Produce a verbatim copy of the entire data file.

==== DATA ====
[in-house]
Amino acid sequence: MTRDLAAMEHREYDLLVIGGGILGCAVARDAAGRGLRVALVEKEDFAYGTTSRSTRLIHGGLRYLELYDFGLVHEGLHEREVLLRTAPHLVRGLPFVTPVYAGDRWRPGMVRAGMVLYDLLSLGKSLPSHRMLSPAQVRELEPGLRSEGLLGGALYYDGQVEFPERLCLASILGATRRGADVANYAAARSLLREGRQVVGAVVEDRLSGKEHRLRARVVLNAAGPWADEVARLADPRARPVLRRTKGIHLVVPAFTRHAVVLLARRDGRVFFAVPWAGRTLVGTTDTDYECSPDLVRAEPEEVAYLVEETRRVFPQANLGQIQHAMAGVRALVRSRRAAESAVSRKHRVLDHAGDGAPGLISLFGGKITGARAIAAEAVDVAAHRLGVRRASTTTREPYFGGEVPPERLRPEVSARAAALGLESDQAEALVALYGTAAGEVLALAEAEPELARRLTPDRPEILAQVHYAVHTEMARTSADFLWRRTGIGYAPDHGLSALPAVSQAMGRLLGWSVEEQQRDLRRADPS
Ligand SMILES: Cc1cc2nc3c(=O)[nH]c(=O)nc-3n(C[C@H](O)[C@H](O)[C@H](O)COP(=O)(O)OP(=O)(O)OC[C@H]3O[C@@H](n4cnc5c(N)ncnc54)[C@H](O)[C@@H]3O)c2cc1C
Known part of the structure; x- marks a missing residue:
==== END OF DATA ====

[in-house]
Amino acid sequence: MTRDLAAMEHREYDLLVIGGGILGCAVARDAAGRGLRVALVEKEDFAYGTTSRSTRLIHGGLRYLELYDFGLVHEGLHEREVLLRTAPHLVRGLPFVTPVYAGDRWRPGMVRAGMVLYDLLSLGKSLPSHRMLSPAQVRELEPGLRSEGLLGGALYYDGQVEFPERLCLASILGATRRGADVANYAAARSLLREGRQVVGAVVEDRLSGKEHRLRARVVLNAAGPWADEVARLADPRARPVLRRTKGIHLVVPAFTRHAVVLLARRDGRVFFAVPWAGRTLVGTTDTDYECSPDLVRAEPEEVAYLVEETRRVFPQANLGQIQHAMAGVRALVRSRRAAESAVSRKHRVLDHAGDGAPGLISLFGGKITGARAIAAEAVDVAAHRLGVRRASTTTREPYFGGEVPPERLRPEVSARAAALGLESDQAEALVALYGTAAGEVLALAEAEPELARRLTPDRPEILAQVHYAVHTEMARTSADFLWRRTGIGYAPDHGLSALPAVSQAMGRLLGWSVEEQQRDLRRADPS
Ligand SMILES: Cc1cc2nc3c(=O)[nH]c(=O)nc-3n(C[C@H](O)[C@H](O)[C@H](O)COP(=O)(O)OP(=O)(O)OC[C@H]3O[C@@H](n4cnc5c(N)ncnc54)[C@H](O)[C@@H]3O)c2cc1C
Known part of the structure; x- marks a missing residue: